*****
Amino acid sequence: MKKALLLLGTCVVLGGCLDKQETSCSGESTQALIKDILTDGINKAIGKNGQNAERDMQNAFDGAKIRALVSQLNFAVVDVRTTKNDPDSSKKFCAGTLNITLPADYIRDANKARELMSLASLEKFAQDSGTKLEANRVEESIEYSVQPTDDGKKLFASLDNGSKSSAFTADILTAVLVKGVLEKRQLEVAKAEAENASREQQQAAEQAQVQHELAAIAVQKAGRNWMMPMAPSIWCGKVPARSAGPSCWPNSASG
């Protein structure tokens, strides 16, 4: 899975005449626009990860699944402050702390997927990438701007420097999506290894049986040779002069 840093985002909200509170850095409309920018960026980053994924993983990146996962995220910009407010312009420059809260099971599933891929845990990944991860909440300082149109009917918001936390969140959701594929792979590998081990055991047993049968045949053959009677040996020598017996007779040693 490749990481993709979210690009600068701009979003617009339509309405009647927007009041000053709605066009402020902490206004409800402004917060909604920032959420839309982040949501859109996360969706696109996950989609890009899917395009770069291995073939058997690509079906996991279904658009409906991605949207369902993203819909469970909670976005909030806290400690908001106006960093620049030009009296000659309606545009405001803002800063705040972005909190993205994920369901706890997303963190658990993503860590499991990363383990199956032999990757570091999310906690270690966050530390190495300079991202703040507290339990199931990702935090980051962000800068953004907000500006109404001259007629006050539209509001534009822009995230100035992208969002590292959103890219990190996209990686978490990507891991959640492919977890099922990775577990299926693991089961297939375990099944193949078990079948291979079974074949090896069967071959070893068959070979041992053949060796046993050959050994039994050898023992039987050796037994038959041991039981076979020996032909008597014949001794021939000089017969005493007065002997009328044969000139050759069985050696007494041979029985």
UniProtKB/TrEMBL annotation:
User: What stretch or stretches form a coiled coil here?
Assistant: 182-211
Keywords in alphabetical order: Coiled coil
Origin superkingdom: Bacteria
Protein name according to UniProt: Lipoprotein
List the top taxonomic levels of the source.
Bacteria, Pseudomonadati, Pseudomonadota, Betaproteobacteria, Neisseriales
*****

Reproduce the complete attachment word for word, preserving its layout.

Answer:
Amino acid sequence: MKKALLLLGTCVVLGGCLDKQETSCSGESTQALIKDILTDGINKAIGKNGQNAERDMQNAFDGAKIRALVSQLNFAVVDVRTTKNDPDSSKKFCAGTLNITLPADYIRDANKARELMSLASLEKFAQDSGTKLEANRVEESIEYSVQPTDDGKKLFASLDNGSKSSAFTADILTAVLVKGVLEKRQLEVAKAEAENASREQQQAAEQAQVQHELAAIAVQKAGRNWMMPMAPSIWCGKVPARSAGPSCWPNSASG
């Protein structure tokens, strides 16, 4: 899975005449626009990860699944402050702390997927990438701007420097999506290894049986040779002069 840093985002909200509170850095409309920018960026980053994924993983990146996962995220910009407010312009420059809260099971599933891929845990990944991860909440300082149109009917918001936390969140959701594929792979590998081990055991047993049968045949053959009677040996020598017996007779040693 490749990481993709979210690009600068701009979003617009339509309405009647927007009041000053709605066009402020902490206004409800402004917060909604920032959420839309982040949501859109996360969706696109996950989609890009899917395009770069291995073939058997690509079906996991279904658009409906991605949207369902993203819909469970909670976005909030806290400690908001106006960093620049030009009296000659309606545009405001803002800063705040972005909190993205994920369901706890997303963190658990993503860590499991990363383990199956032999990757570091999310906690270690966050530390190495300079991202703040507290339990199931990702935090980051962000800068953004907000500006109404001259007629006050539209509001534009822009995230100035992208969002590292959103890219990190996209990686978490990507891991959640492919977890099922990775577990299926693991089961297939375990099944193949078990079948291979079974074949090896069967071959070893068959070979041992053949060796046993050959050994039994050898023992039987050796037994038959041991039981076979020996032909008597014949001794021939000089017969005493007065002997009328044969000139050759069985050696007494041979029985």
UniProtKB/TrEMBL annotation:
User: What stretch or stretches form a coiled coil here?
Assistant: 182-211
Keywords in alphabetical order: Coiled coil
Origin superkingdom: Bacteria
Protein name according to UniProt: Lipoprotein
List the top taxonomic levels of the source.
Bacteria, Pseudomonadati, Pseudomonadota, Betaproteobacteria, Neisseriales